What are you doing to prevent a repeat?
 

Kev

Crowing
12 Years
Jan 13, 2008
6,517
726
361
Sun City, California
Are there bobcats in your area?

I lost my entire flock of muscovies and geese in one night to a bobcat. There was absolutely no trace, just a couple feathers clumped together looking like normal molt, except it was 2-3 feathers stuck together.

I looked all over and nothing.... until I let my dogs into the back where the birds are, they were very interested and eventually found a bobcat hiding in a very large bush in the corner... eventually found some corpses by smell a few days later- they were so expertly covered I had walked right by them and never noticed.

Another incident, another bobcat several years later- missing chickens and young peacocks(they were free range and slept in trees)- same thing, no trace save for the very few feathers stuck together in the same way. Eventually caught the bobcat. It too, had taken multiple birds the few times it had visited.
 

centrarchid

Crossing the Road
11 Years
Sep 19, 2009
26,373
17,726
856
Holts Summit, Missouri
Bobcats are just about everywhere in the US. Mine targeted harem master roosters taking one at a time during the day. Dogs shut that down once they figured out what a bobcat is.
 

Bengt747

In the Brooder
May 3, 2015
64
6
35
My birds are kept in 10 X4 X4 movable house with an attached run 50 feet by the width of the house. This is a planting bed. After the chickens fertilize and kill all the weeds, I move the whole thing to a new spot. I tried the ducks in a similar arrangement. I have had few predator problems with this setup because the growing area is rabbit fenced and there is the hex wire fence keeping the birds out of the veggies....this double-fencing seems to be 100% effective against mammalian predators.
Does the run have a cover or top on it? It's very possible that an owl (or pair of owls) killed all 15 ducklings. It wouldn't take too much effort for a great horned owl to snatch a couple ducklings per swoop. The bloody tracks, which your daughter described as chicken-like, further suggest to me that you're dealing with an owl.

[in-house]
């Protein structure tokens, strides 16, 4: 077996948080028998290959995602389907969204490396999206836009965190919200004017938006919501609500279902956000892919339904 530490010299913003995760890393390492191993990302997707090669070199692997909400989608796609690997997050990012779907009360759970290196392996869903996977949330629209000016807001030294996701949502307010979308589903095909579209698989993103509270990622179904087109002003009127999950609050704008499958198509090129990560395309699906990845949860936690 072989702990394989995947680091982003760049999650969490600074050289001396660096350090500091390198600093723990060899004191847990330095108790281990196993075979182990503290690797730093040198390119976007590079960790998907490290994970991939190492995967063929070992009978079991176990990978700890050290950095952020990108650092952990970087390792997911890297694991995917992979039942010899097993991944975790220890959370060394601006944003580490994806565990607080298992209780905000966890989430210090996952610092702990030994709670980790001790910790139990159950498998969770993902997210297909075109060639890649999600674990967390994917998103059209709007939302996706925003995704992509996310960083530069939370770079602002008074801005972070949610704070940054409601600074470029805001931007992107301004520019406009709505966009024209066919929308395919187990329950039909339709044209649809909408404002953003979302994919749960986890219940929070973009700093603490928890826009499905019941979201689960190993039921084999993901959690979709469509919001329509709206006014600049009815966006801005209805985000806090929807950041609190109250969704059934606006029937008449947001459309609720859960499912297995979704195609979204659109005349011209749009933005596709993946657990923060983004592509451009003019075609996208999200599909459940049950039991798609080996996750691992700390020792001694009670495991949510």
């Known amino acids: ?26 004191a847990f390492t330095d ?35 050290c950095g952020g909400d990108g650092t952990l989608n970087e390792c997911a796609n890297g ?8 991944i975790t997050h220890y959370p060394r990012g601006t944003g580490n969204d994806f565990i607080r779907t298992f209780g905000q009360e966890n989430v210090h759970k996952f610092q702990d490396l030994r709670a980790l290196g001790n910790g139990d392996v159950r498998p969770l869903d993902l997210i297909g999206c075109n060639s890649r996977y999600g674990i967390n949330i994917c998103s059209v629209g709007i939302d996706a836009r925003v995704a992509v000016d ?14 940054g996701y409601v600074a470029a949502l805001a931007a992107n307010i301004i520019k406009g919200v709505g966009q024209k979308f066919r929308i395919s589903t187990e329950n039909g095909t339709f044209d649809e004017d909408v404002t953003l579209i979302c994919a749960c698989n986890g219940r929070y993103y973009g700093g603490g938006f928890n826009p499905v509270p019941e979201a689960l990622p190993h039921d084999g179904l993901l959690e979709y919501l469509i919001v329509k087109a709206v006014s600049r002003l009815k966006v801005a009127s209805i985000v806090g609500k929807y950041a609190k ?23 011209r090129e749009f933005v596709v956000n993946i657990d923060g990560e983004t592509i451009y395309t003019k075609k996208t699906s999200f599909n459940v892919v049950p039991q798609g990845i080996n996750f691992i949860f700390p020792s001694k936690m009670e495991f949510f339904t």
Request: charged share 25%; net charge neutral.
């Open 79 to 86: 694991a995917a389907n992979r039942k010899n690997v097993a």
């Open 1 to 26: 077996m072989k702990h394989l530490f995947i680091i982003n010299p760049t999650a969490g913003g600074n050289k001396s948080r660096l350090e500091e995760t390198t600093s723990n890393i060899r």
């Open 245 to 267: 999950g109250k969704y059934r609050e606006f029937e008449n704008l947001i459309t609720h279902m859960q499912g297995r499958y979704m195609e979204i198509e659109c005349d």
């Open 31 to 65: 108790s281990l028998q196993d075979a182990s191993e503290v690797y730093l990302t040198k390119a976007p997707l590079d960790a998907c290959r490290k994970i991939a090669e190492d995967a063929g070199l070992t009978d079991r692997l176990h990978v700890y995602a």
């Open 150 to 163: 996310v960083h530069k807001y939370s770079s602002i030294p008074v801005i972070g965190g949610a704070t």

Quote:
Based on the tracks you discovered, I would lean against the culprit being a bobcat or canine. An owl could have flown up with a duckling, hopped around on top of the coop, and took off. Regardless of what it was, if your run doesn't have a top on it, I would recommend making one in order to deter both owls and canine predators. It may be a pain to do this, but it could save a bit of stress in case you wake up and realize that you forget to lock your ducks up last night. It's possible to build a top that can come down easily in order to move birds around and whatnot.

There was an individual in my grandfather's area raising chukars in flight pens with hexagonal "chicken-wire style" fabric netting across the top of the pens. At night, owls would spook the chukar into flying straight up. When the chukars got their head stuck in the "gaps" in the netting, the owls would walk across the top of the pen and eat the heads off of dozens and dozens of chukars. Owls can do some serious damage when given the opportunity....That being said, fabric netting typically works very well at discouraging hawks and owls from going after poultry and game birds. The birds you have are quite unlikely to get caught in the netting due to their size and disposition.
 

Woolhouse

Hatching
May 12, 2015
5
0
7
That's good advice. I went over to Tractor Supply today and got some of that nylon netting to cover the whole run. When I got back, yet another "suspect" revealed itself. There were three large ravens in the duck run! They weren't attacking the ducks except to obnoxiously run them away from the feeder...but, I wonder if they couldn't have gone for the runners which were much smaller. I don't know if that explains the chicken-like footprint in blood, but it seems at least plausible.